Sen. Susan Collins

Three Guinness World Records related to the largest 3D printer

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According to Sen. Susan Collins, “I was delighted to join UMaine’s celebration unveiling the world’s largest 3D printer and largest 3D-printed object. The future of the [UMaine] Composites Center is bright, thanks to the excellent working relationship between UMaine, Oak Ridge National Laboratory and many other federal agencies, which will support next-generation, large-scale additive manufacturing with biobased thermoplastics. As a senior member of the Senate Appropriations Committee, I helped secure $20 million for this exciting collaboration, and an additional $20 million is included in the committee-approved energy funding bill. By working together, UMaine and Oak Ridge will strengthen environmentally responsible advanced manufacturing throughout America, as well as the forest-products industry in Maine.”

According to Sen. Angus King, “Maine is the most forested state in the nation, and now we have a 3D printer big enough to make use of this bountiful resource. Today marks the latest innovative investment in Maine’s forest economy, which will serve to increase sustainability, advance the future of biobased manufacturing and diversify our forest products industry. This is a huge opportunity for the state of Maine, and I’m grateful to everyone — especially the the University of Maine and the FOR/Maine initiative — for their work to make this day a reality.”

According to U.S. Rep. Jared Golden, “As we saw today, the University of Maine Composites Center does award-winning, cutting-edge research that makes Maine proud and will bring jobs to our state. Their work, like the boat and 3D printer we’re here to see, has impressive potential to change how we make things out of all sorts of materials — including Maine wood fiber. Today is about three Guinness World Records, but it’s also about celebrating the innovation that will help protect and create good-paying Maine jobs in forest products and manufacturing.”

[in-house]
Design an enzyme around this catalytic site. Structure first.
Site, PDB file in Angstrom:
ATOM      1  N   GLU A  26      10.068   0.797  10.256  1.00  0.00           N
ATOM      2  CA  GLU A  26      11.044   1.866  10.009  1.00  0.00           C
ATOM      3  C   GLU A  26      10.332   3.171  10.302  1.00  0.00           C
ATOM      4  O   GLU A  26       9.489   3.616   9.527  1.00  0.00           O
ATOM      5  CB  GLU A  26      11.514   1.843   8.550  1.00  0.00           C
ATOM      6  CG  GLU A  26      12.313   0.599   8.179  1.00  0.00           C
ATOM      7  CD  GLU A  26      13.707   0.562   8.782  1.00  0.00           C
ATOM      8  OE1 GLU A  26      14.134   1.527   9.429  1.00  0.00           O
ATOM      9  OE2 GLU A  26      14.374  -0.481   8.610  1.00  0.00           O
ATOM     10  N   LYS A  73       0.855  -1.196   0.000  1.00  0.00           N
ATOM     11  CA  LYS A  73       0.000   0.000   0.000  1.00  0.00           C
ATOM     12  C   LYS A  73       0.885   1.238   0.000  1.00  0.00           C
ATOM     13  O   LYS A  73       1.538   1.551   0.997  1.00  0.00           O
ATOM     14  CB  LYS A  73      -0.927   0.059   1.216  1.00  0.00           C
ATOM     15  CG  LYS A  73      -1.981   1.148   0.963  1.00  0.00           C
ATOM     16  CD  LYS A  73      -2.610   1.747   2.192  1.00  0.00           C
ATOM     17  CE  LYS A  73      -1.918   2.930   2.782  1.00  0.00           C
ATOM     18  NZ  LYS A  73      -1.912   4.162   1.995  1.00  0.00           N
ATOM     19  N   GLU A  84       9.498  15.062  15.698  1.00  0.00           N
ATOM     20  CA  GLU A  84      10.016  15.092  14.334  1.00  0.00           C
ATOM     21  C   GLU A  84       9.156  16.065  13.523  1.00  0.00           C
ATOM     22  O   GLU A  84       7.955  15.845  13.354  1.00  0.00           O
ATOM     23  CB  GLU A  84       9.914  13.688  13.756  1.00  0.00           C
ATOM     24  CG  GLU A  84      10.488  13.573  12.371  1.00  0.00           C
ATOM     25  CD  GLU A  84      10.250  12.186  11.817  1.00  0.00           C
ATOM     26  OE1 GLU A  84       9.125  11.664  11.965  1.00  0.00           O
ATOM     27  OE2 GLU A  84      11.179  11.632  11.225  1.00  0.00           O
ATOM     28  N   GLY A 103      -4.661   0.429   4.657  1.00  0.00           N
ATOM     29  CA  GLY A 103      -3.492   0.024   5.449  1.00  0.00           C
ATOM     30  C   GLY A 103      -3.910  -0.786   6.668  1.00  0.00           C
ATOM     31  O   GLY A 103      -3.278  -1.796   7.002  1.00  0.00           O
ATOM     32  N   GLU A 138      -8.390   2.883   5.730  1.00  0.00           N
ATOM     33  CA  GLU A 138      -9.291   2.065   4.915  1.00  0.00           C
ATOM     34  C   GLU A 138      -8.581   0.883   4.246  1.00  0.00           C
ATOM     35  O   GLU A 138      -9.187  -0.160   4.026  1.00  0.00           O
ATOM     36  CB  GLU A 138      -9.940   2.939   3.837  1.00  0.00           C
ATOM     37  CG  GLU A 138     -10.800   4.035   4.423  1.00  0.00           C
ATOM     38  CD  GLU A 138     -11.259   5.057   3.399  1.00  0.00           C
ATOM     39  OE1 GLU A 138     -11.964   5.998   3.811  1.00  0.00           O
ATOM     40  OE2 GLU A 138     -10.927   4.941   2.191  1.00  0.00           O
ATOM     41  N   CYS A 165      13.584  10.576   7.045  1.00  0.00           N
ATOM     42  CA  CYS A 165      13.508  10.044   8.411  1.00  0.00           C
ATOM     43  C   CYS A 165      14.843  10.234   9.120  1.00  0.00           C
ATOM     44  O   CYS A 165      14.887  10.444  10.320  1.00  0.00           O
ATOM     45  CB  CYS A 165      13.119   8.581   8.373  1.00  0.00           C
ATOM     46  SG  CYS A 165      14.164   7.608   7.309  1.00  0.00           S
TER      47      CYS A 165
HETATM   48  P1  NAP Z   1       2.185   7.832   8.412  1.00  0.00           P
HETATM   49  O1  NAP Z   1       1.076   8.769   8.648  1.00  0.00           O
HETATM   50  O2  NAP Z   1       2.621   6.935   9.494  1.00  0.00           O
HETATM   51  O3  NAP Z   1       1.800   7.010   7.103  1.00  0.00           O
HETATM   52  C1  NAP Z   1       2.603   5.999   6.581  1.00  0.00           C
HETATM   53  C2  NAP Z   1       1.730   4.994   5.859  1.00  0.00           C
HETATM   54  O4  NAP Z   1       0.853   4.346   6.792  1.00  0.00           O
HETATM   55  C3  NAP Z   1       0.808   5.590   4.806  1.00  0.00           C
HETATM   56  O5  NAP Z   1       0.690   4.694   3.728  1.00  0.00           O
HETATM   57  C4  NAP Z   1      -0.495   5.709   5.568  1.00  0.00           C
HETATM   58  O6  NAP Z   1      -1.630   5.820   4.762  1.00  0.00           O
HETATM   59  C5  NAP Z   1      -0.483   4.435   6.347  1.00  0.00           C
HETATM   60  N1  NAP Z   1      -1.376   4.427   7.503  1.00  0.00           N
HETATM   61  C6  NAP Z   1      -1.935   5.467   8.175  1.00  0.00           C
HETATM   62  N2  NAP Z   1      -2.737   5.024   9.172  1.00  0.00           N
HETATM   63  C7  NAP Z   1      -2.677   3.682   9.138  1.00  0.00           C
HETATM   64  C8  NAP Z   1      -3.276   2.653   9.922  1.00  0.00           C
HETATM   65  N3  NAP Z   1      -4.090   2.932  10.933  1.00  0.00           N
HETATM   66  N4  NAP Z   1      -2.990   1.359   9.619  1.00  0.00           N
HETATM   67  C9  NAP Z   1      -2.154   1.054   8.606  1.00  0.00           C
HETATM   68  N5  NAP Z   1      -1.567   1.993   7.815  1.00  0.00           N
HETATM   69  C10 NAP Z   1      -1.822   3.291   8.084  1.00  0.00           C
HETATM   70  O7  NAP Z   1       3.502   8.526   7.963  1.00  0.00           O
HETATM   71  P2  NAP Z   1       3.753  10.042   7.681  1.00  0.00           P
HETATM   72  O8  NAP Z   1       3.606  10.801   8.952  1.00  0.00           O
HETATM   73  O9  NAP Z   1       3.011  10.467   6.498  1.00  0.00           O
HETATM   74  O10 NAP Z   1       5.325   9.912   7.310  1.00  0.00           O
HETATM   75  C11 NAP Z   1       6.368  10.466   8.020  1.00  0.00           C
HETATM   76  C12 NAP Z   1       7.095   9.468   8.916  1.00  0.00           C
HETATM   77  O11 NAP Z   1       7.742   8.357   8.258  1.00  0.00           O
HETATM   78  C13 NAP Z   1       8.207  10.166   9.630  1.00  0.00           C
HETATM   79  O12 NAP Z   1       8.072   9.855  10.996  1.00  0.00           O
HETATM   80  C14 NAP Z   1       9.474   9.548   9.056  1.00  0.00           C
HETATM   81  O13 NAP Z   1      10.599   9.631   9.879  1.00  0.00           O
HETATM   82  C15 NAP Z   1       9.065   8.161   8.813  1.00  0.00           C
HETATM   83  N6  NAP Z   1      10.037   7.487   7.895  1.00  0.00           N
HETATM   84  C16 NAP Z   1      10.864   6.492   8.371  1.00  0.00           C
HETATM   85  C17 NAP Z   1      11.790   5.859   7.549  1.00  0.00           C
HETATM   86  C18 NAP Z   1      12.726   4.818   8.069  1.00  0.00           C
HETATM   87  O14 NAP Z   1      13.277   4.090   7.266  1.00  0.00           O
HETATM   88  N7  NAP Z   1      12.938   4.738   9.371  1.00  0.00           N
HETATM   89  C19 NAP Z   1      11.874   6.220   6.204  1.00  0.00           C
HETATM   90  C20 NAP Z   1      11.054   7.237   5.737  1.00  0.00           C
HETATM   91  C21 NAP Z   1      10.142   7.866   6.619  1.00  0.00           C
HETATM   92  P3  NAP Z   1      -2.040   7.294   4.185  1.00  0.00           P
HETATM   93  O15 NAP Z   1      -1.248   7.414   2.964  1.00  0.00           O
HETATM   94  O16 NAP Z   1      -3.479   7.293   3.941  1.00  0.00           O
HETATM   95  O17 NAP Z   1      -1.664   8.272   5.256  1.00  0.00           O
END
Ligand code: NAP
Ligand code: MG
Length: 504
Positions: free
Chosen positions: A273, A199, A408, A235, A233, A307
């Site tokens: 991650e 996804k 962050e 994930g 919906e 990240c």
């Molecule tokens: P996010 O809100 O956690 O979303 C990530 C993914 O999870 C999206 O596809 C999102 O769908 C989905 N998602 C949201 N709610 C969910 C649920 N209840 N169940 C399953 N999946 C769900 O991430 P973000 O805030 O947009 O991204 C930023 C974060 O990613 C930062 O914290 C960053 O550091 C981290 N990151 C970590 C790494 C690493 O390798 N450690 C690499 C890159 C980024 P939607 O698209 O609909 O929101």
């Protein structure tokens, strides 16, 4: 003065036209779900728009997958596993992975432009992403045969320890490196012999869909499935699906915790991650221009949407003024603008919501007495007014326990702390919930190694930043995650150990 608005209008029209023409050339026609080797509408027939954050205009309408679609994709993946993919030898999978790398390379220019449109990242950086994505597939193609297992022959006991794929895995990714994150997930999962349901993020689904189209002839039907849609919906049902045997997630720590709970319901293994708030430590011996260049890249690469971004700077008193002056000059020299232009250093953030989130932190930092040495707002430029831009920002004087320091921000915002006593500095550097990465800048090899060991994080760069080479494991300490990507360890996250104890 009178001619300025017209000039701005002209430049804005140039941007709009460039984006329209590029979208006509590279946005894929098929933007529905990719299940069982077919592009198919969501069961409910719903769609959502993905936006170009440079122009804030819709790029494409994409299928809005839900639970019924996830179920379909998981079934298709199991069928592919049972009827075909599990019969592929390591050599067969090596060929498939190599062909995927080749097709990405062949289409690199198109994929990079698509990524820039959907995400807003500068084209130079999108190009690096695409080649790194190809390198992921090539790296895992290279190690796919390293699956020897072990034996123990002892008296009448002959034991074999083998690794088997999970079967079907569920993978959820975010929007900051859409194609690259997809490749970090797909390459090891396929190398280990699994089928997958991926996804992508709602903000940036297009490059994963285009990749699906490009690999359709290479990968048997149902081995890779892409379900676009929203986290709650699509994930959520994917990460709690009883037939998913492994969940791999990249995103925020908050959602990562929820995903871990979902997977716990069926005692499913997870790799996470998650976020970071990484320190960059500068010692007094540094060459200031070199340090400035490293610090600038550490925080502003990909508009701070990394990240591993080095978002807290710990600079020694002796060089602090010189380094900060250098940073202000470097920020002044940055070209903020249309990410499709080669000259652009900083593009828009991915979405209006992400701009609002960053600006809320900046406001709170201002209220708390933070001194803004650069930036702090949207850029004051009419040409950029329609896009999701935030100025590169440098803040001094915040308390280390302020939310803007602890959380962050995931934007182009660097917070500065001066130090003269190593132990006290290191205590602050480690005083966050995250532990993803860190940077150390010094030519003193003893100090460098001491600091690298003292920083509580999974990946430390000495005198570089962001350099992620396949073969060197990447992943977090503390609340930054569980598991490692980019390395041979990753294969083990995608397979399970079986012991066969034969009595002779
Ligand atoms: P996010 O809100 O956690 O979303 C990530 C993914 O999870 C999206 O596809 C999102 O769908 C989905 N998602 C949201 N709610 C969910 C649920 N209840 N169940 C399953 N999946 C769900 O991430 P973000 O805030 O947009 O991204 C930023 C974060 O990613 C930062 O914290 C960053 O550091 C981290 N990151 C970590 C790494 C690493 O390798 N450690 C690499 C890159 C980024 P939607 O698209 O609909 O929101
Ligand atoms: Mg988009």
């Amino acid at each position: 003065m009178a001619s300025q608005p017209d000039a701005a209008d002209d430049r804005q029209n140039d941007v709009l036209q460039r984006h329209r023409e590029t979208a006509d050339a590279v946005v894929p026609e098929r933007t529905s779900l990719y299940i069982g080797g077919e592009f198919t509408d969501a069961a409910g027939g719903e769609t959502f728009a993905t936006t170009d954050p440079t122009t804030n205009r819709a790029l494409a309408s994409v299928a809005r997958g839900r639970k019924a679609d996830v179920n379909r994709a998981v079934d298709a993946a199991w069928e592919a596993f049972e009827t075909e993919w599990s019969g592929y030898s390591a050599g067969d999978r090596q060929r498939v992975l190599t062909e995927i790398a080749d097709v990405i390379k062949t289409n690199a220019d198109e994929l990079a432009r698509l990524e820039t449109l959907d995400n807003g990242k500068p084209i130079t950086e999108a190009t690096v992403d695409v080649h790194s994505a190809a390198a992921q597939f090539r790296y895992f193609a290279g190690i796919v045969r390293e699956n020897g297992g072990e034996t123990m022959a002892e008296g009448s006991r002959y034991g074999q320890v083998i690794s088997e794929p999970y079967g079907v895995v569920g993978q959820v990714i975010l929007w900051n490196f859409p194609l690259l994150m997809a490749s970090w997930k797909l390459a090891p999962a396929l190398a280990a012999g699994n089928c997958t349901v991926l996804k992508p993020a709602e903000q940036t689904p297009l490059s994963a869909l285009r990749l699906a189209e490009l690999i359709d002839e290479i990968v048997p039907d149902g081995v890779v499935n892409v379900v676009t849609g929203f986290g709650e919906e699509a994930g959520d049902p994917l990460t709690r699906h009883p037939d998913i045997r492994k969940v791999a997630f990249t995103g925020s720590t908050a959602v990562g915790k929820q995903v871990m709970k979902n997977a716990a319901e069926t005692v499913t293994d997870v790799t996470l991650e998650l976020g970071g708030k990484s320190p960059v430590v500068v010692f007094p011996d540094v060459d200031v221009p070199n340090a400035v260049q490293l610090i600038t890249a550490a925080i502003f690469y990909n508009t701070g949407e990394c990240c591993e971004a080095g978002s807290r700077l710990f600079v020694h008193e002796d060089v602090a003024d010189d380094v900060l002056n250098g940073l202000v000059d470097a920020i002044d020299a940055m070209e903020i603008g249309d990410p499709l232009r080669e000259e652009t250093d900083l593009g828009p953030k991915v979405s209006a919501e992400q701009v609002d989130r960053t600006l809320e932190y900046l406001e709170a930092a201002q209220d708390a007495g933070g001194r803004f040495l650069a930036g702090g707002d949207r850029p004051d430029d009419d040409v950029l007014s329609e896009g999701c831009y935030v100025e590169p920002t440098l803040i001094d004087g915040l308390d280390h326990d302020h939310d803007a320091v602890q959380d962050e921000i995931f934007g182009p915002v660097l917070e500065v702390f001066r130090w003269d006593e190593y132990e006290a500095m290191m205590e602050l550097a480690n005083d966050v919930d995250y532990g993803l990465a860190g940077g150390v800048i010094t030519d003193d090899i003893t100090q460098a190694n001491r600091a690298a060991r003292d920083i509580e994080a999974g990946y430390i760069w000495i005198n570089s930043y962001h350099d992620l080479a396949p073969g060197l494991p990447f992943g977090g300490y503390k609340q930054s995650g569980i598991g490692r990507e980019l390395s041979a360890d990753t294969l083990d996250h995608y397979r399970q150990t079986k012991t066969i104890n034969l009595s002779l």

According to Moe Khaleel, associate laboratory director for Energy and Environmental Sciences at ORNL, “This is an exciting achievement in our partnership with the University of Maine. This new equipment will accelerate application and integration of our fundamental materials science, plant genomics and manufacturing research to the development of new sustainable bioderived composites, creating economic opportunity for Maine’s forest products industry and the nation.”

UMaine Composites Center receives three Guinness World Records related to largest 3D printer

World’s largest 3D printed boat

3D Printing news alert( Largest wood-based plastic 3D printer)

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The largest wood-based plastic 3D printer was developed by a company called Additive Elements, located in Germany. The printer is called the AE11, and it has a build volume of 1.2 meters x 1.2 meters x 1.0 meters, making it one of the world’s largest wood-based plastic 3D printers. The printer uses a material called ARBOFORM, a sustainable and biodegradable plastic made from lignin, a natural polymer found in wood.

ARBOFORM is a unique material that creates 3D-printed objects with wood’s look, feel, and smell. The material is also strong and durable, making it suitable for various applications. One potential benefit of using wood-based plastic for 3D printing is that it is a renewable and sustainable material, unlike traditional petroleum-based plastics. Additionally, using wood-based plastic can help reduce waste and emissions in the manufacturing process. According to WAM, this printer can create objects up to 10 meters long, 3 meters wide, and 1.5 meters high, making it the world’s largest wood-based plastic 3D printer. The company claims that using recycled materials makes printing more sustainable than traditional 3D printing methods.

According to the office of Sen. Susan Collins, A 3D printed representation of the state of Maine presented by Habib Dagher, executive director of UMaine’s Advanced Structures and Composites Center, presented a 3D printed representation of Maine, “The material is nanocellulose, basically a tree ground up to its nanostructure. These materials have properties similar to metals,” Dagher said. “We are taking those and putting them in bioplastics to make very strong plastics that we can make almost anything with.”

UMaine will get world’s largest 3D printer and use wood-based plastic to make boat molds.